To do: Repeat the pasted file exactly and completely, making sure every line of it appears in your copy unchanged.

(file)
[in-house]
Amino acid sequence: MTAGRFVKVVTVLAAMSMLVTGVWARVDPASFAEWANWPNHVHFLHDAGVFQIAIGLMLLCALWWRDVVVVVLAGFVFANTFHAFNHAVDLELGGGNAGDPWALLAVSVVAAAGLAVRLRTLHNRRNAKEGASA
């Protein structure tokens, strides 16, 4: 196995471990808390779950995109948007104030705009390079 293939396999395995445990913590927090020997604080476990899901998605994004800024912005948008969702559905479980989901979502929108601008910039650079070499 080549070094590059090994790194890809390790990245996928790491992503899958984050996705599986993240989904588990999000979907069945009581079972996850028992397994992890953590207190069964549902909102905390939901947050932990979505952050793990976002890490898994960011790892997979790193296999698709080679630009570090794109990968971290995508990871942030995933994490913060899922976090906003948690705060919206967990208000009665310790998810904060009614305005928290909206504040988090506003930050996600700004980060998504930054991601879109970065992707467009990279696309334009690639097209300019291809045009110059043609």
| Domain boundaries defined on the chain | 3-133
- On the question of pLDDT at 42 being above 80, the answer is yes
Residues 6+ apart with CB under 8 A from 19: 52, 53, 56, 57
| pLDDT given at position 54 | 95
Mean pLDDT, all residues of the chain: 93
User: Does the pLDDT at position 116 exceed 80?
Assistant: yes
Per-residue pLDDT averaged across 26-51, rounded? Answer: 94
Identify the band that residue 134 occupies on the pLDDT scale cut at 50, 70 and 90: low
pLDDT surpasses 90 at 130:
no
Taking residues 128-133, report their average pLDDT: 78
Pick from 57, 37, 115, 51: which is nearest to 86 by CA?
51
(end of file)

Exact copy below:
[in-house]
Amino acid sequence: MTAGRFVKVVTVLAAMSMLVTGVWARVDPASFAEWANWPNHVHFLHDAGVFQIAIGLMLLCALWWRDVVVVVLAGFVFANTFHAFNHAVDLELGGGNAGDPWALLAVSVVAAAGLAVRLRTLHNRRNAKEGASA
């Protein structure tokens, strides 16, 4: 196995471990808390779950995109948007104030705009390079 293939396999395995445990913590927090020997604080476990899901998605994004800024912005948008969702559905479980989901979502929108601008910039650079070499 080549070094590059090994790194890809390790990245996928790491992503899958984050996705599986993240989904588990999000979907069945009581079972996850028992397994992890953590207190069964549902909102905390939901947050932990979505952050793990976002890490898994960011790892997979790193296999698709080679630009570090794109990968971290995508990871942030995933994490913060899922976090906003948690705060919206967990208000009665310790998810904060009614305005928290909206504040988090506003930050996600700004980060998504930054991601879109970065992707467009990279696309334009690639097209300019291809045009110059043609």
| Domain boundaries defined on the chain | 3-133
- On the question of pLDDT at 42 being above 80, the answer is yes
Residues 6+ apart with CB under 8 A from 19: 52, 53, 56, 57
| pLDDT given at position 54 | 95
Mean pLDDT, all residues of the chain: 93
User: Does the pLDDT at position 116 exceed 80?
Assistant: yes
Per-residue pLDDT averaged across 26-51, rounded? Answer: 94
Identify the band that residue 134 occupies on the pLDDT scale cut at 50, 70 and 90: low
pLDDT surpasses 90 at 130:
no
Taking residues 128-133, report their average pLDDT: 78
Pick from 57, 37, 115, 51: which is nearest to 86 by CA?
51